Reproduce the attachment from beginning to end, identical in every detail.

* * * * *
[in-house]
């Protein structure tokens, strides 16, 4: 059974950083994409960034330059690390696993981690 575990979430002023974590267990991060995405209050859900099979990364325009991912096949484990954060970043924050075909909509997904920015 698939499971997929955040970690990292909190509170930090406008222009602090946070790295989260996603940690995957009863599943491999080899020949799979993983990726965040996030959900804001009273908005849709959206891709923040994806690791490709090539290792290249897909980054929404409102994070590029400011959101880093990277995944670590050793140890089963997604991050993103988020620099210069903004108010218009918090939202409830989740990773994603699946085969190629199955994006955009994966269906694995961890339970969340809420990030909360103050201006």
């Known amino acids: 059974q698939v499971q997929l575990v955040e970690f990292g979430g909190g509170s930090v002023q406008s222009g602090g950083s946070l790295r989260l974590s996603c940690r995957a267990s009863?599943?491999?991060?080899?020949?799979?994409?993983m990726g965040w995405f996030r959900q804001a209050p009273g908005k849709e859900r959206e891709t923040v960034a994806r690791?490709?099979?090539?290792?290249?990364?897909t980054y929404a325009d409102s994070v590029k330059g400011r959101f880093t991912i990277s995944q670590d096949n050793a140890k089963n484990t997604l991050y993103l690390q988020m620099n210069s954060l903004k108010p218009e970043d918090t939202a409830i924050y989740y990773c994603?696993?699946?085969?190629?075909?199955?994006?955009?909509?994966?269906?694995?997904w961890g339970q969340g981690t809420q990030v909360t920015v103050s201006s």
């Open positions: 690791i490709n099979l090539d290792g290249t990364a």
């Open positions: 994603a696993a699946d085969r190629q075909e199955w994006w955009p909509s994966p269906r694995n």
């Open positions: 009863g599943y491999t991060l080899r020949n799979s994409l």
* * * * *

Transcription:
[in-house]
């Protein structure tokens, strides 16, 4: 059974950083994409960034330059690390696993981690 575990979430002023974590267990991060995405209050859900099979990364325009991912096949484990954060970043924050075909909509997904920015 698939499971997929955040970690990292909190509170930090406008222009602090946070790295989260996603940690995957009863599943491999080899020949799979993983990726965040996030959900804001009273908005849709959206891709923040994806690791490709090539290792290249897909980054929404409102994070590029400011959101880093990277995944670590050793140890089963997604991050993103988020620099210069903004108010218009918090939202409830989740990773994603699946085969190629199955994006955009994966269906694995961890339970969340809420990030909360103050201006």
């Known amino acids: 059974q698939v499971q997929l575990v955040e970690f990292g979430g909190g509170s930090v002023q406008s222009g602090g950083s946070l790295r989260l974590s996603c940690r995957a267990s009863?599943?491999?991060?080899?020949?799979?994409?993983m990726g965040w995405f996030r959900q804001a209050p009273g908005k849709e859900r959206e891709t923040v960034a994806r690791?490709?099979?090539?290792?290249?990364?897909t980054y929404a325009d409102s994070v590029k330059g400011r959101f880093t991912i990277s995944q670590d096949n050793a140890k089963n484990t997604l991050y993103l690390q988020m620099n210069s954060l903004k108010p218009e970043d918090t939202a409830i924050y989740y990773c994603?696993?699946?085969?190629?075909?199955?994006?955009?909509?994966?269906?694995?997904w961890g339970q969340g981690t809420q990030v909360t920015v103050s201006s």
């Open positions: 690791i490709n099979l090539d290792g290249t990364a």
């Open positions: 994603a696993a699946d085969r190629q075909e199955w994006w955009p909509s994966p269906r694995n």
């Open positions: 009863g599943y491999t991060l080899r020949n799979s994409l």